Mitt Romney Says John Bolton’s Firing Is A ‘Huge Loss’ For The Country

U.S. Sen. Mitt Romney (R-UT) joins fellow Republicans from the House and Senate to introduce paid family leave legislation during a news conference in the Russell Senate Office Building on Capitol Hill March 27, 2019 in Washington, DC.
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Senator Mitt Romney says that Donald Trump’s announcement on Tuesday that he was firing John Bolton constitutes a “huge loss” for the country. According to The Hill, the Utah politician is “very unhappy” to hear the news.

The president announced on Tuesday that he was letting Bolton go as national security advisor, as The Inquisitr recently reported.

“I informed John Bolton last night that his services are no longer needed at the White House. I disagreed strongly with many of his suggestions, as did others in the Administration,” Trump tweeted.

But despite the fact that Bolton was seen as a polarizing figure in Washington D.C., he was also respected. While speaking with reporters, Romney called out Bolton’s firing, saying that he provided a contrarian opinion that was valuable on Capitol Hill.

“His view was not always the same as everybody else in the room. That’s why you wanted him there. The fact that he was a contrarian from time to time is an asset not a liability,” Romney said.

The Republican politician feels that Bolton’s firing is bad for Trump’s White House and for the country.

“I’m very very unhappy to hear that he’s leaving. It is a huge loss for the administration in my opinion and for the nation,” Romney added.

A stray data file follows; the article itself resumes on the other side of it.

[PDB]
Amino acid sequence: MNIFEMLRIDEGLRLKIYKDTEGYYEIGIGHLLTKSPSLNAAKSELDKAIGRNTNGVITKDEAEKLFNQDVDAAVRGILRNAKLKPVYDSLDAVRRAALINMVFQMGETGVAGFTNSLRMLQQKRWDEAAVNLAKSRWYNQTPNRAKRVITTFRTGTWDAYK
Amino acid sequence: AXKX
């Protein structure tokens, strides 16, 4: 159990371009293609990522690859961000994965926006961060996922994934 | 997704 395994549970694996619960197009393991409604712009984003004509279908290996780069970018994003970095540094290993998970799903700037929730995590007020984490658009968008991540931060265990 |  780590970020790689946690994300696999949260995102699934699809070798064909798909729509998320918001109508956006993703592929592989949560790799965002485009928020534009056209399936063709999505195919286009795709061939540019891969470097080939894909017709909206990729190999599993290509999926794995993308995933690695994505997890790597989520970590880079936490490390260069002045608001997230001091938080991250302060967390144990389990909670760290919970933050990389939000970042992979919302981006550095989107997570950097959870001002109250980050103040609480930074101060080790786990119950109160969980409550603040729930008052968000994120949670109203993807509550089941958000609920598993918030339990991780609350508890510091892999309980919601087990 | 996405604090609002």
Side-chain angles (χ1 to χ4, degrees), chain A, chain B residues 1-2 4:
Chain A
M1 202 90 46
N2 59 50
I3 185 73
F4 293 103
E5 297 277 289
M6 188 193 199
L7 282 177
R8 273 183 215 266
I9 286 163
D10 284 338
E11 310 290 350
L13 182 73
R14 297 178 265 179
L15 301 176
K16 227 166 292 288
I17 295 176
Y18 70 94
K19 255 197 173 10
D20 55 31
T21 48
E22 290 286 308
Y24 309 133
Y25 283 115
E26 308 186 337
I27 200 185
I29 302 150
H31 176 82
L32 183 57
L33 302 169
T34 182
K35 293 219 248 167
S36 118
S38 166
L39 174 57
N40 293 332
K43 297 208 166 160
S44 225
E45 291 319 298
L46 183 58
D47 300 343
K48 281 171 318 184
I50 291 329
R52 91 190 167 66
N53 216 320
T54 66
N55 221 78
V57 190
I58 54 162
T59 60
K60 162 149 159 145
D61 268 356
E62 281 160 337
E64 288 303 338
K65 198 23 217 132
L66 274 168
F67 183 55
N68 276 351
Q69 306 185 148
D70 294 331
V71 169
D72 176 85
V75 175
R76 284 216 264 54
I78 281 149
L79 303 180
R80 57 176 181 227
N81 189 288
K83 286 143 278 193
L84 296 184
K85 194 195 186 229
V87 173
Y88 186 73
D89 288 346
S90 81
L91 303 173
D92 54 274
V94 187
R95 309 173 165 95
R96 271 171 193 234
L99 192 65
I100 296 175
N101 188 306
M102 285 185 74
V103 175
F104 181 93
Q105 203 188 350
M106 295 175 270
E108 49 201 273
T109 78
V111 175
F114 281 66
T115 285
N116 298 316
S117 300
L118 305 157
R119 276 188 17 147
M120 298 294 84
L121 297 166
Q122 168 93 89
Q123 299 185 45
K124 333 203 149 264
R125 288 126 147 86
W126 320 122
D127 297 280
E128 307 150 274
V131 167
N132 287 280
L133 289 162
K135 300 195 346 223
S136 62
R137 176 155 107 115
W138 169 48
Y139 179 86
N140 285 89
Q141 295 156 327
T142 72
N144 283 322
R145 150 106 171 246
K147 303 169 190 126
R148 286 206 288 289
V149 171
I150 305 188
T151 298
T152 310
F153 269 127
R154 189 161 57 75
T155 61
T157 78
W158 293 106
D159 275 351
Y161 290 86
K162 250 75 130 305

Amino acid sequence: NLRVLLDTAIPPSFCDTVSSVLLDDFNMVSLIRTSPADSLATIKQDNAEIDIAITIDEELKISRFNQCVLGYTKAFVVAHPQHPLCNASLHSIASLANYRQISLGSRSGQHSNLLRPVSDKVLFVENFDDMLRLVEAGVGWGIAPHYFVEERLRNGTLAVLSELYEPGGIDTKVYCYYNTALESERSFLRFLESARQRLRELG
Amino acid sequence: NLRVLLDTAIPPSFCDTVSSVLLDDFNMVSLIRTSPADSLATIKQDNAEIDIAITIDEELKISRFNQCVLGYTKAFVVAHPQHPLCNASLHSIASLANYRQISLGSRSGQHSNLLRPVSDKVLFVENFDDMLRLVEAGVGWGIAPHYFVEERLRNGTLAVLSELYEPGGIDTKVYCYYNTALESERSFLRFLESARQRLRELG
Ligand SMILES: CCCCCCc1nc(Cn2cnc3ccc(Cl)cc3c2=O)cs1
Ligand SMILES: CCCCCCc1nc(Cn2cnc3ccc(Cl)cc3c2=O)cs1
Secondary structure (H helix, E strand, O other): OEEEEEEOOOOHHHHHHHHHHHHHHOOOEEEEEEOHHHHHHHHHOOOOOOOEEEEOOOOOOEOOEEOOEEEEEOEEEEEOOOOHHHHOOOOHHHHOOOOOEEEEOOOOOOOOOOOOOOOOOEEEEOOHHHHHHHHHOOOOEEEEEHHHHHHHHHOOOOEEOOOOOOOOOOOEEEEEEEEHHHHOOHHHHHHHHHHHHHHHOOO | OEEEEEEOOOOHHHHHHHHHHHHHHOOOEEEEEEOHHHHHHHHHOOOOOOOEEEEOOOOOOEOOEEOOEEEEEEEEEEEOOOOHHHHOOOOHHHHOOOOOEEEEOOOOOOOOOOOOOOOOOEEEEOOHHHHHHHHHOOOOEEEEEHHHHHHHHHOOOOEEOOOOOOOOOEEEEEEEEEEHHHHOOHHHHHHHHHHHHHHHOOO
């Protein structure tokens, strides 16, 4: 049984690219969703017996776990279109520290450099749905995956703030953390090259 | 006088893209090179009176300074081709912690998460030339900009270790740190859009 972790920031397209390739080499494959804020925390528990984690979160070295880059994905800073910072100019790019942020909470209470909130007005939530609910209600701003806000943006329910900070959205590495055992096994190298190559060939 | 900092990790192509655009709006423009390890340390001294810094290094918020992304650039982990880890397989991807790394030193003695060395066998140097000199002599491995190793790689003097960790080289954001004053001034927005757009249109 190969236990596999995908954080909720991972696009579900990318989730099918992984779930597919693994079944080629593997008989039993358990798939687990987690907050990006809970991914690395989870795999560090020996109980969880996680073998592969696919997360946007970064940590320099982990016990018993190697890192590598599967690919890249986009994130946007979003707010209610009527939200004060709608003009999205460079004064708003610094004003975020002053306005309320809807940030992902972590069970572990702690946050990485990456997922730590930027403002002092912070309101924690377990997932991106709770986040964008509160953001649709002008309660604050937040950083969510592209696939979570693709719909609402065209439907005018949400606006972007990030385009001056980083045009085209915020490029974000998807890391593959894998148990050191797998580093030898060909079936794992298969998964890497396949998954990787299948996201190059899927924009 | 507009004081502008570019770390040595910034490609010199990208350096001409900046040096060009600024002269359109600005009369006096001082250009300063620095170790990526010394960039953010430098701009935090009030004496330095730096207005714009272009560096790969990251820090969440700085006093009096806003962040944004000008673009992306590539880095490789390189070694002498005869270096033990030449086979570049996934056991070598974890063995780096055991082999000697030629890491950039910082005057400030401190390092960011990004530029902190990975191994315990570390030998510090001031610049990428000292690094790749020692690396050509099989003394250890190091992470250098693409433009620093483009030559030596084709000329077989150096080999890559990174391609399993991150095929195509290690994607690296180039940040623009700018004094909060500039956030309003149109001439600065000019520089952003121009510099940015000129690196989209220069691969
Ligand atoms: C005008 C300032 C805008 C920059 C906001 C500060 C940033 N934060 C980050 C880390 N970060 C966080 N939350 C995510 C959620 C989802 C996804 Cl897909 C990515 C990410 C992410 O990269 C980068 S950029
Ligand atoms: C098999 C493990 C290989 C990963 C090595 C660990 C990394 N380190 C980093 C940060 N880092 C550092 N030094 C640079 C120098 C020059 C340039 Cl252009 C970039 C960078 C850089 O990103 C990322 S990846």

Bolton was scheduled to meet at the White House on Tuesday with Treasury Secretary Steve Mnuchin and Secretary of State Mike Pompeo. But shortly before it was to take place, Trump announced on Twitter that Bolton was leaving.

Bolton and Trump apparently got into a heated fight yesterday over Trump’s abandoned plan to host leaders from the Taliban at a meeting at Camp David. The president intended to conduct peace talks with Taliban leaders in order to make good on his campaign promise to pull troops from Afghanistan.

The former national security adviser was against the meeting, as was Vice President Mike Pence, and it was eventually canceled before it could take place. Republicans and Democrats in Congress also expressed opposition to the meeting, which would have taken place days before the 9/11 anniversary of the terror attacks.

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Trump denied that Pence and Bolton disagreed with his plan.

Not everyone was sad to see Bolton go, however. Representative Justin Amash tweeted that he was happy to see him go, saying that he shouldn’t have been hired in the first place. He added that he wanted to see a national security adviser who supported peace rather than war, as some suggest Bolton had done.